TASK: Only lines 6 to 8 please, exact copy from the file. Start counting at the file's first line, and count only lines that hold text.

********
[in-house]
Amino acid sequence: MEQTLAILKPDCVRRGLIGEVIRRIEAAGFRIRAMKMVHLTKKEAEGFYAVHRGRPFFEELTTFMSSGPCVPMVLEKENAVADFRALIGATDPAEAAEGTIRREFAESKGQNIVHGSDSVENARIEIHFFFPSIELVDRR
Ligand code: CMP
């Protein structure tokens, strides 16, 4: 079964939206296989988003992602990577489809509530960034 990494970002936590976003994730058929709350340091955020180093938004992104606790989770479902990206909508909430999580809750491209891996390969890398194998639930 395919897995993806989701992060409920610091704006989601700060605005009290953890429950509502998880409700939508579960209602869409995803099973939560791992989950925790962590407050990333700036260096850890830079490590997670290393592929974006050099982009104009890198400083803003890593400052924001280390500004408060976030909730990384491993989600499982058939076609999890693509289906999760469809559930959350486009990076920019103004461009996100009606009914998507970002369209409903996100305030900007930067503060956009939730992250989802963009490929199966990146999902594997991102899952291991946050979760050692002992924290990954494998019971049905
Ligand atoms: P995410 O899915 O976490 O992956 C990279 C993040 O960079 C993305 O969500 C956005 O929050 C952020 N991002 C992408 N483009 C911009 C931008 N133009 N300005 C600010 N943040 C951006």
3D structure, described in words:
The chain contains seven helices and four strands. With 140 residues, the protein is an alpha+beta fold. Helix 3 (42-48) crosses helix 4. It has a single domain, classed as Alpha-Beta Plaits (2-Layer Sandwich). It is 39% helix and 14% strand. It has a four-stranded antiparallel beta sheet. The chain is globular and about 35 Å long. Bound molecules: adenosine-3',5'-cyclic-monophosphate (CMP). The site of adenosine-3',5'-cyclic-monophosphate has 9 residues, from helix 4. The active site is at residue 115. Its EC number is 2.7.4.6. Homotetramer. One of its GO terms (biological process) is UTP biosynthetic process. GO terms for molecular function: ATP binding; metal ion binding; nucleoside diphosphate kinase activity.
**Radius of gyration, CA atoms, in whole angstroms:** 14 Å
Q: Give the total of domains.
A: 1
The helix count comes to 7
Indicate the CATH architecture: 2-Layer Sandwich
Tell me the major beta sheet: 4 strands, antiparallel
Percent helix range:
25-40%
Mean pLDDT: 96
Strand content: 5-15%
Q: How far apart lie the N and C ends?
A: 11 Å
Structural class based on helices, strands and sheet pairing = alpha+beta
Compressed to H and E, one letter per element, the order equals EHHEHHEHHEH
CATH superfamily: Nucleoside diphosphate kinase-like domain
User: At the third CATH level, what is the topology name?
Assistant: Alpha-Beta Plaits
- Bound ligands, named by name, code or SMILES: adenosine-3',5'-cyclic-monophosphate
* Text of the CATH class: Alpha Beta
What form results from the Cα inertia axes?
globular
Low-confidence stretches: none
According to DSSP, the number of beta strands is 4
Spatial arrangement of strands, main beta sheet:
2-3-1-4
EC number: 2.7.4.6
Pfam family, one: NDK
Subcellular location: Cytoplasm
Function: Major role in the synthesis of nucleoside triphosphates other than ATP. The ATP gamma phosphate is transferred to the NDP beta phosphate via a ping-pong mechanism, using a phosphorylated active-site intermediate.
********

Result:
3D structure, described in words:
The chain contains seven helices and four strands. With 140 residues, the protein is an alpha+beta fold. Helix 3 (42-48) crosses helix 4. It has a single domain, classed as Alpha-Beta Plaits (2-Layer Sandwich). It is 39% helix and 14% strand. It has a four-stranded antiparallel beta sheet. The chain is globular and about 35 Å long. Bound molecules: adenosine-3',5'-cyclic-monophosphate (CMP). The site of adenosine-3',5'-cyclic-monophosphate has 9 residues, from helix 4. The active site is at residue 115. Its EC number is 2.7.4.6. Homotetramer. One of its GO terms (biological process) is UTP biosynthetic process. GO terms for molecular function: ATP binding; metal ion binding; nucleoside diphosphate kinase activity.
**Radius of gyration, CA atoms, in whole angstroms:** 14 Å